Jeff Bezos and his crew recently took the first crewed trip aboard Blue Origin's New Shepard rocket, but if Bezos and the crew were hoping to get awarded their "astronaut" badge, they will be sorely disappointed.
Since the launch of Richard Branson's Virgin Galactic space trip and now Jeff Bezos' Blue Origin launch, there has been public debate over whether or not Branson and Bezos actually went to "space", and if they are astronauts. Branson and his crew reached the 53 mile altitude mark, and Bezos flew 66.5 miles up. For context, the US recognizes space at the 50 mile mark, however, the international altitude for space is 62 miles - known as the Karman Line.
Since Bezos and his crew flew above the Karman Line, does that qualify them to be astronauts? Well, Virigin Galactic pilots who flew the VSS Unity to 53 miles were awarded with "astronaut wings" by the Federal Aviation Administration. However, Bezos and no one from Blue Origin qualified, despite reaching a higher altitude. Why?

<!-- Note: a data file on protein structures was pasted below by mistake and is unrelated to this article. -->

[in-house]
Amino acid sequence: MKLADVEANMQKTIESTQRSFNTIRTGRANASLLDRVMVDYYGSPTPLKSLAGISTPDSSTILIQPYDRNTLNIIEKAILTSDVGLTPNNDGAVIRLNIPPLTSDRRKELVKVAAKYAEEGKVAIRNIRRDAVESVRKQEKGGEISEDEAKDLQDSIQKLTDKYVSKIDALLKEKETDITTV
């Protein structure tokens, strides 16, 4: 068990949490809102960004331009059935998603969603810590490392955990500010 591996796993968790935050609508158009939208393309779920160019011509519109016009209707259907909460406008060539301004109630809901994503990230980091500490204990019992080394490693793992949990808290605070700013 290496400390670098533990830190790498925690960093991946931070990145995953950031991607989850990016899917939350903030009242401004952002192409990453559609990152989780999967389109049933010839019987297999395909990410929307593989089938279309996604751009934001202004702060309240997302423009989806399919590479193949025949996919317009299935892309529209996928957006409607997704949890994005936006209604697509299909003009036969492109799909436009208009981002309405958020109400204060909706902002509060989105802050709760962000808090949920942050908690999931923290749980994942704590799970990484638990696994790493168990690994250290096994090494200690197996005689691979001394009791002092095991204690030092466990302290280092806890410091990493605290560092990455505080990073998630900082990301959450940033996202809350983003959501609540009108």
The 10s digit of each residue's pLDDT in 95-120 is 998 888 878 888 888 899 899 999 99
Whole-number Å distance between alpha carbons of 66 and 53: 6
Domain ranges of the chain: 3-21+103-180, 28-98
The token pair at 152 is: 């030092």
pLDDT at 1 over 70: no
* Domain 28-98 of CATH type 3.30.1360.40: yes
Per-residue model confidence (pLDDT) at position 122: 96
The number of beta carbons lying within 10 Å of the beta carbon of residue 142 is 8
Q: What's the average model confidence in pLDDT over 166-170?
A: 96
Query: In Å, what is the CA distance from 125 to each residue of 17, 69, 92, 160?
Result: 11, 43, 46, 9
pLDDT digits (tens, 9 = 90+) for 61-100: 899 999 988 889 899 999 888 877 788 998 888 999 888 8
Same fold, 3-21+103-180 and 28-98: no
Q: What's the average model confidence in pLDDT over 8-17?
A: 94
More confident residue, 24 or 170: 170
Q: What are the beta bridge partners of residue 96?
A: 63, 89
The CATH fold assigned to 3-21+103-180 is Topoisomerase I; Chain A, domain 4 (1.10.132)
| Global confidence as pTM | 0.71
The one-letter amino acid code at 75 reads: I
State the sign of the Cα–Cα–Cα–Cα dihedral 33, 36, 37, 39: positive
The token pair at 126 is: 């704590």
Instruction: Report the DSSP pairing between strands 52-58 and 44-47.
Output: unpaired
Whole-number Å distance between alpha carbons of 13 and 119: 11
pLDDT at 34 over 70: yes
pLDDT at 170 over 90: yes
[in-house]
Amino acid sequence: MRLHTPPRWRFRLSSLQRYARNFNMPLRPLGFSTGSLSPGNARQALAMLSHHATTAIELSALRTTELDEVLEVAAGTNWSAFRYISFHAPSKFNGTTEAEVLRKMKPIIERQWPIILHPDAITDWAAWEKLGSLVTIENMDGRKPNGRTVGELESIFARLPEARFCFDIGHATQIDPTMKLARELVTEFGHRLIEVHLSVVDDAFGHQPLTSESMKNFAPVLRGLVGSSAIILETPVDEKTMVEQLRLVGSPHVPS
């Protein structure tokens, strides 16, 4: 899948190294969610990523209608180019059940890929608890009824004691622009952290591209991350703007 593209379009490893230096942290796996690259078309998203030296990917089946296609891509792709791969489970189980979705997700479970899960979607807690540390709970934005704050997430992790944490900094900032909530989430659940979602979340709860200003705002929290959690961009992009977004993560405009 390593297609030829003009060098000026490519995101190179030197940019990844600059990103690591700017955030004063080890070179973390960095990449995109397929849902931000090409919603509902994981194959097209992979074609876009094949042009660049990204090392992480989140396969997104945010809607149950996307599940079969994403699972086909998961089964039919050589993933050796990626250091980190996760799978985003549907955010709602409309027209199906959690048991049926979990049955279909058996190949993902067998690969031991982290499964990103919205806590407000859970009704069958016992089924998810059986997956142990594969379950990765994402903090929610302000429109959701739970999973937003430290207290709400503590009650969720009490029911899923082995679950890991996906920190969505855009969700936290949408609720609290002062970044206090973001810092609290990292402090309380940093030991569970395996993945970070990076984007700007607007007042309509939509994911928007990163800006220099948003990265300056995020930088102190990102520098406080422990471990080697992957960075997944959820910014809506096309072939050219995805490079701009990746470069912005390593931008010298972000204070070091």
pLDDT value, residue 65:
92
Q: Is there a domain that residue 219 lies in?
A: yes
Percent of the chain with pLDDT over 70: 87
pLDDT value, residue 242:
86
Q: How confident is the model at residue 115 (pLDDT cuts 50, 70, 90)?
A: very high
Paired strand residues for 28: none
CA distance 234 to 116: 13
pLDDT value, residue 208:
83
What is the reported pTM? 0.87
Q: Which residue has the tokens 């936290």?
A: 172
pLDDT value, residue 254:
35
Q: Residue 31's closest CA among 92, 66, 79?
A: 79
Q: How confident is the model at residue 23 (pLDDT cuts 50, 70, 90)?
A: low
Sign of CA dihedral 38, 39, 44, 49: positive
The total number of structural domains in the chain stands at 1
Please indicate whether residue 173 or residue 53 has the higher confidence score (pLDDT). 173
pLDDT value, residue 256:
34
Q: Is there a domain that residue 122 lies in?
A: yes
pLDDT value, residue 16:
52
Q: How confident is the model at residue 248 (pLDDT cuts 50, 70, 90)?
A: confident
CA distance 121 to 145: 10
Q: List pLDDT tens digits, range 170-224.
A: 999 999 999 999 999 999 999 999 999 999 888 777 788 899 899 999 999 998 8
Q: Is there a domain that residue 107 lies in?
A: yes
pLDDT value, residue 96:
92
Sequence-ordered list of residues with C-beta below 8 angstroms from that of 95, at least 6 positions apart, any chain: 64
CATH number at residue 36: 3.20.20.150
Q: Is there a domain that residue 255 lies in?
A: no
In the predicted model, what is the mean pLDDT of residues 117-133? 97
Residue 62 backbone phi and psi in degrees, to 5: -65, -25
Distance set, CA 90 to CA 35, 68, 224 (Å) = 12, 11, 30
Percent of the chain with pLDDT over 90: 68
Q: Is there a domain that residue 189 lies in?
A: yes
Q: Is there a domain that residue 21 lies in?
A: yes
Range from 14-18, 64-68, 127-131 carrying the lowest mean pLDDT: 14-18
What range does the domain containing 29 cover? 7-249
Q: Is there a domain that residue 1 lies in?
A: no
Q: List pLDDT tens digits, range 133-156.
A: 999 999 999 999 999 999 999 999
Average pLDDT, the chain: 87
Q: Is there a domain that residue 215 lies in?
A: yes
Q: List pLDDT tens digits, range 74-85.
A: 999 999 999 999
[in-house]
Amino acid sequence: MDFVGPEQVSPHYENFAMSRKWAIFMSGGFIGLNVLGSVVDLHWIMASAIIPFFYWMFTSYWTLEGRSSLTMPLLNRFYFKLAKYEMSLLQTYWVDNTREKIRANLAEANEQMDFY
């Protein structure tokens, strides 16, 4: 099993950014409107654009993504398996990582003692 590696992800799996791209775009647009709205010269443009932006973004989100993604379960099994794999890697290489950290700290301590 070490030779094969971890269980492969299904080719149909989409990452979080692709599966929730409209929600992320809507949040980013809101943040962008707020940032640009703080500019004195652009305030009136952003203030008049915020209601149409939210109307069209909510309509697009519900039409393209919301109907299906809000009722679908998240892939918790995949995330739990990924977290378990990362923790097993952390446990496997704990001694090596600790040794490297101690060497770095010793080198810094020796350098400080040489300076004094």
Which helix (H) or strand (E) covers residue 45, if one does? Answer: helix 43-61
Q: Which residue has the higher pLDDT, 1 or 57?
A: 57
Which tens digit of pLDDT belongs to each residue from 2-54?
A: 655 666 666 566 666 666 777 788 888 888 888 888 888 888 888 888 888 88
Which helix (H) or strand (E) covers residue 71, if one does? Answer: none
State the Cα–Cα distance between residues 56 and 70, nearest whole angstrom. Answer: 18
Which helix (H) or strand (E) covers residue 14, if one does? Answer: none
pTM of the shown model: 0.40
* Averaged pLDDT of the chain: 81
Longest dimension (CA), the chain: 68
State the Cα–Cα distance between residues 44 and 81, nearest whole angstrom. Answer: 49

The Daily Mail reported, "In order to qualify, they have to make a contribution to the flight and to human space flight safety while travelling beyond the 50 miles mark defined as space by the FAA. With the Blue Origin New Shepard spacecraft controlled entirely from the ground, with no input from the crew on board, the new FAA criteria wasn't met."
The Mail continued, "This could put the entire space tourism industry in doubt, experts predict, as passengers on the various spacecraft wouldn't 'get their wings. It is possible a new category of 'space tourist' or commercial astronaut is created to describe those who go to space purely as a passenger, rather than crew or pilots."